Among the hard coating layers, the inner layer which is formed on the base material consists essentially of at least one layer of a material selected from the group consisting of a carbide, a nitride, a carbo-nitride, a carbo-oxide, a carbo-nitrogen oxide and a boronitride of Ti. The reason why these Ti compounds are employed as the inner layer resides in that the same are excellent in adhesion to the hard metal which is the base material, and also excellent in adhesive property with Al2O3 and ZrO2 being the intermediate layer. Further, its film thickness is preferably in the range of 0.1 to 5 μm, and more preferably in the range of 0.5 to 3 μm, since its effect is not attained if the thickness is less than 0.1 μm in total, while the same is too thick as an adhesion layer if the thickness exceeds 5 μm.

The intermediate layer which is formed on the inner layer is mainly composed of Al2O3, ZrO2, or a mixture or a solid solution thereof. When the mixture is employed, either of both is contained in a large quantity as a main component. In case of an intermediate layer mainly composed of Al2O3, another substance, such as ZrO2, HfO2, TiO2, TiC or TiN may be contained in a ratio of not more than 50%, or Ti, Zr or Cl or N may be solidly dissolved in the intermediate layer in a ratio of not more than 50%. Further, the intermediate layer mainly composed of Al2O3 may be divided by another film, such as a thin film of a Ti compound such as TiC, TiCN, TiN, TiBN, TiCO or TiCNO, an Al compound such as AlN or AlNO, or an oxide such as ZrO2, HfO2 or TiO2, for example.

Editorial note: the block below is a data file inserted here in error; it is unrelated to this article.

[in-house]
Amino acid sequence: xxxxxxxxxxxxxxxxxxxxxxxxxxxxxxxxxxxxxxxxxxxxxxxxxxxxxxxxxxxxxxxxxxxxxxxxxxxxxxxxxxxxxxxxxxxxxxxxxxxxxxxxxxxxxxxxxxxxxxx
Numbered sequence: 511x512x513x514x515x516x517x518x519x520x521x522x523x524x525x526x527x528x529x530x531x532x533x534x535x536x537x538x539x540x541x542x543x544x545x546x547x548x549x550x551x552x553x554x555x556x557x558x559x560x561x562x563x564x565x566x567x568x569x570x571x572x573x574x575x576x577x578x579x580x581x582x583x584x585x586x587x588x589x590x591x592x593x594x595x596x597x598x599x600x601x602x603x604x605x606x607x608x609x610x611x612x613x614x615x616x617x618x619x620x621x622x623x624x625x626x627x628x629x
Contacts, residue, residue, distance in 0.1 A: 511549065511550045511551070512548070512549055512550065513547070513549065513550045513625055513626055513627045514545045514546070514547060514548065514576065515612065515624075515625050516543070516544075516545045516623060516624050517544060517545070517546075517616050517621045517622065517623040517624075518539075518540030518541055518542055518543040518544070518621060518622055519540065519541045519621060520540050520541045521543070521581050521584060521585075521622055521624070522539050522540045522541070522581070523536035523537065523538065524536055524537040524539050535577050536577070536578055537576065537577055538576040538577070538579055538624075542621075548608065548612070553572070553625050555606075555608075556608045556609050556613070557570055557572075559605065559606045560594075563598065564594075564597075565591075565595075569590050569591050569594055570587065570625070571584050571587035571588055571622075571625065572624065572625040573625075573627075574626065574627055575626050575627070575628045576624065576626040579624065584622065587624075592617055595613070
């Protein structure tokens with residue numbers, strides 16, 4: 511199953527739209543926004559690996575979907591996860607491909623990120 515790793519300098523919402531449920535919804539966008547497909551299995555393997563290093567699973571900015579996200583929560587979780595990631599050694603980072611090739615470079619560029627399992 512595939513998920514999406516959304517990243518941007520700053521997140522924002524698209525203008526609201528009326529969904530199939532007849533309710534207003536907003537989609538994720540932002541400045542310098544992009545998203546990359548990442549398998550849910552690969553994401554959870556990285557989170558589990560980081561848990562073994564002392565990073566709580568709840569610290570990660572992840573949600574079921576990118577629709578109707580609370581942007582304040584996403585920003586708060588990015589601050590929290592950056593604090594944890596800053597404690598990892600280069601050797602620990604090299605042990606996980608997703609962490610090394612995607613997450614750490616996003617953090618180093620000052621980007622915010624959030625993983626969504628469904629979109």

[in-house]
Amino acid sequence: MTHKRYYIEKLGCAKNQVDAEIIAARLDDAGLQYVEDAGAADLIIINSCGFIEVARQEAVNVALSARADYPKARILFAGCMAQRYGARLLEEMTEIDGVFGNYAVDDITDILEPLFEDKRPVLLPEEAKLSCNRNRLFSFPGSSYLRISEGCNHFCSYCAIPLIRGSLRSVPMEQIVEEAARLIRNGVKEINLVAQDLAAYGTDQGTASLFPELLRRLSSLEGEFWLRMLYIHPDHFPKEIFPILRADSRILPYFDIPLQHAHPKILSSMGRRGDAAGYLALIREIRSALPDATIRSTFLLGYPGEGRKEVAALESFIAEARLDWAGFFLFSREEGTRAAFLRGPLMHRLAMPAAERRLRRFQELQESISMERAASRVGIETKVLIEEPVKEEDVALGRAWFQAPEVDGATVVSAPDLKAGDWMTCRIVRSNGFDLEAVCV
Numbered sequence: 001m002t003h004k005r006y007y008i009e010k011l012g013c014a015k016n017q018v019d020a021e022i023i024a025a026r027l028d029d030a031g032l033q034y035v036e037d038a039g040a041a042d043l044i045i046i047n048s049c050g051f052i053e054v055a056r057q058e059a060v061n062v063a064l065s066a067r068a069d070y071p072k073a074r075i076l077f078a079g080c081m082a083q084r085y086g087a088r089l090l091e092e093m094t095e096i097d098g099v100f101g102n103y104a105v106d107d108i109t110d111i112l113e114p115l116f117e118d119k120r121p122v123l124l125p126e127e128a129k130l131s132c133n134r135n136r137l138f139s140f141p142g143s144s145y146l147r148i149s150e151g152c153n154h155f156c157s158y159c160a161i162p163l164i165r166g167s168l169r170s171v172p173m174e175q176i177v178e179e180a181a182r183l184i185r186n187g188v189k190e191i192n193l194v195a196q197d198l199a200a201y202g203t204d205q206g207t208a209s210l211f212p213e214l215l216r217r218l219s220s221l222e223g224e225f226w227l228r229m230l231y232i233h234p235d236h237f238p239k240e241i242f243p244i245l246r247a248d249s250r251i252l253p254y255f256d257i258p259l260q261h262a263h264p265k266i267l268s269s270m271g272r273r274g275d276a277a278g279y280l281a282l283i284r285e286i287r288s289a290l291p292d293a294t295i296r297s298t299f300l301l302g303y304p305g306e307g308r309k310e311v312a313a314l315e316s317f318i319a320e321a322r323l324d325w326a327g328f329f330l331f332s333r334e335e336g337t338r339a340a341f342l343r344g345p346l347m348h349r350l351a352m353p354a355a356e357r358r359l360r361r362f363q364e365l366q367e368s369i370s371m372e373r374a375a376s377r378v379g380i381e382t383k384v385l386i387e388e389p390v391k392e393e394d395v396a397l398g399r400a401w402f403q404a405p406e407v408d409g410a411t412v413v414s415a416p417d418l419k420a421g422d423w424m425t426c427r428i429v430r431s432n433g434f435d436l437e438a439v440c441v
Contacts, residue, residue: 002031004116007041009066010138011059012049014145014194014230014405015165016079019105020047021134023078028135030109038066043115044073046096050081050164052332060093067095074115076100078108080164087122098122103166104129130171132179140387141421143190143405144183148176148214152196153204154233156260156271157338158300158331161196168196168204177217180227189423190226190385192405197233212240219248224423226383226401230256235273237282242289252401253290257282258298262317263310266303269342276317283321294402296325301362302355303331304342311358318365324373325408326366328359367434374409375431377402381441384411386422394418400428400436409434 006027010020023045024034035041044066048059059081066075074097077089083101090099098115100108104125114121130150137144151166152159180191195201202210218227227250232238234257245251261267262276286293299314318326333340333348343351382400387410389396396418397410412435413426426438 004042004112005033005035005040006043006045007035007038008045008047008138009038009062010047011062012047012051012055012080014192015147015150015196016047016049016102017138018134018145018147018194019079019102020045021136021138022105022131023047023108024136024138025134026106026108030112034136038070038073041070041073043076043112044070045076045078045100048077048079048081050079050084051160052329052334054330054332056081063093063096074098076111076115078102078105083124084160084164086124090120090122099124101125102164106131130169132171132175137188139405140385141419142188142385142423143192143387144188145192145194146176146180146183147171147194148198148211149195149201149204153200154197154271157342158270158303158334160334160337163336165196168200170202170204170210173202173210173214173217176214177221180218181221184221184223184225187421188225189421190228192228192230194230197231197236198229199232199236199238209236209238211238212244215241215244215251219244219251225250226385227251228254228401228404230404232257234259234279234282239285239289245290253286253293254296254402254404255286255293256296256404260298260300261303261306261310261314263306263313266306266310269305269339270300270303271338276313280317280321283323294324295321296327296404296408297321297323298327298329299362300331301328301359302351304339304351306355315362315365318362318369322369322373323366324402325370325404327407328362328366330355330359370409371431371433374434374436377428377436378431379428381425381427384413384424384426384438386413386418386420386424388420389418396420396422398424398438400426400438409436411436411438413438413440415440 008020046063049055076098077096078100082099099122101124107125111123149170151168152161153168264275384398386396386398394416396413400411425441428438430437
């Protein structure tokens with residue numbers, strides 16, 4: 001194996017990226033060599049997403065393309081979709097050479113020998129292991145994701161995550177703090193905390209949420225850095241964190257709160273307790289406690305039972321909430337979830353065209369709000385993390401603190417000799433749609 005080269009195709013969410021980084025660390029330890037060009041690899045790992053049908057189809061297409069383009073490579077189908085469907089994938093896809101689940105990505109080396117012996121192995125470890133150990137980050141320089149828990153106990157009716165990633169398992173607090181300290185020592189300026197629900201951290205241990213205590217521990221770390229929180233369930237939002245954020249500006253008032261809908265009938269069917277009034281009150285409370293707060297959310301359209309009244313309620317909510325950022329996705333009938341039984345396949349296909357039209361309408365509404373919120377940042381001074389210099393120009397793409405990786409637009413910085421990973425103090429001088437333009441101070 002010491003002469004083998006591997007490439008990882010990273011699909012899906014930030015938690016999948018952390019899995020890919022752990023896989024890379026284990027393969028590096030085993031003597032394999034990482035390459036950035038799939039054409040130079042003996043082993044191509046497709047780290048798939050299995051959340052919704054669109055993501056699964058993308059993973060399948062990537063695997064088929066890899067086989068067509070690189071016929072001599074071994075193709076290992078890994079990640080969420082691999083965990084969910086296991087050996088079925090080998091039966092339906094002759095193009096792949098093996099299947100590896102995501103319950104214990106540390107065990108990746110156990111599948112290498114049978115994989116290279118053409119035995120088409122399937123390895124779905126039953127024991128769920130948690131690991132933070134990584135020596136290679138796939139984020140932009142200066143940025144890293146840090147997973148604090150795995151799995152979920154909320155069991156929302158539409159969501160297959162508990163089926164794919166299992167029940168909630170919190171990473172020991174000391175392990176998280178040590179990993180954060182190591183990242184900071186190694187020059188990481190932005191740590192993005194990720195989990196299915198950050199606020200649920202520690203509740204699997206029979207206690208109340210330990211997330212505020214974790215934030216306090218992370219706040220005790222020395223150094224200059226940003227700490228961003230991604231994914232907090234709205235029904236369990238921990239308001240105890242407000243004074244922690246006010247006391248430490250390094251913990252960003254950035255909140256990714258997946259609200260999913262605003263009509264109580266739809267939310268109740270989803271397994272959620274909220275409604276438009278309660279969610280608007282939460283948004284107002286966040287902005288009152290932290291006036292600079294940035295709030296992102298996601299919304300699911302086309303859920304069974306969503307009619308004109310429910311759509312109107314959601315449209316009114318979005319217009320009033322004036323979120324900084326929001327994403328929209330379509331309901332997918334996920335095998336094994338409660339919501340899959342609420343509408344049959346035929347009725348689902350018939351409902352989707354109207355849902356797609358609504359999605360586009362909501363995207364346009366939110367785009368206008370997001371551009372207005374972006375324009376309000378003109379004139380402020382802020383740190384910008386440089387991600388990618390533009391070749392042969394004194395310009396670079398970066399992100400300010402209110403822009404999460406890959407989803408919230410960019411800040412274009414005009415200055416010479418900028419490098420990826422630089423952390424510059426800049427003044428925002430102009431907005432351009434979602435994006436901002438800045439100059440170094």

The intermediate layer mainly composed of Al2O3 has a large effect of suppressing plastic deformation of the base material and improving crater wear resistance on the cutting face. In particular, an important effect is the suppression of film separation resulting from thermal deformation of the base material, which has been achieved by a heat insulation effect of this intermediate layer. However, the effect is small if its film thickness is less than 5 μm while strength is reduced if the thickness exceeds 50 μm, and hence the range of 5 to 50 μm is preferable, and more preferable is the range of 10 to 40 μm.

On the other hand, ZrO2 has previously not been put into practice since the same is low in hardness and low in wear resistance, while its heat conductivity is extremely small as compared with Al2O3. Al2O3 has heat conductivity of 0.054 cal/cm·sec·° C. and ZrO2 has heat conductivity of 0.005 cal/cm·sec·° C. at 20° C., while Al2O3 has heat conductivity of 0.015 cal/cm·sec·° C. and ZrO2 has heat conductivity of 0.005 cal/cm·sec·° C. at 1000° C. Therefore, ZrO2 is excellent in effect of suppressing plastic deformation of the base material, and a heat insulation effect substantially identical to that of Al2O3 is attained in a layer which is thinner than Al2O3.

Based on such recognition, a tool prepared by providing an intermediate layer of ZrO2 on the thin inner layer of a Ti compound which was formed on a base material, and coating a thick outer layer of a Ti compound thereon was produced as a test sample, and a high-speed cutting test was executed. Consequently, it has been recognized that the tool having the coating structure of the present invention is superior in plastic deformation and superior in wear resistance on the flank as compared with a tool having the conventional coating structure.

It has been proved that undesired dimensional change of a workpiece is hardly caused and crater wear on the cutting face can also be suppressed at the same time when cutting is performed by employing the tool according to the present invention.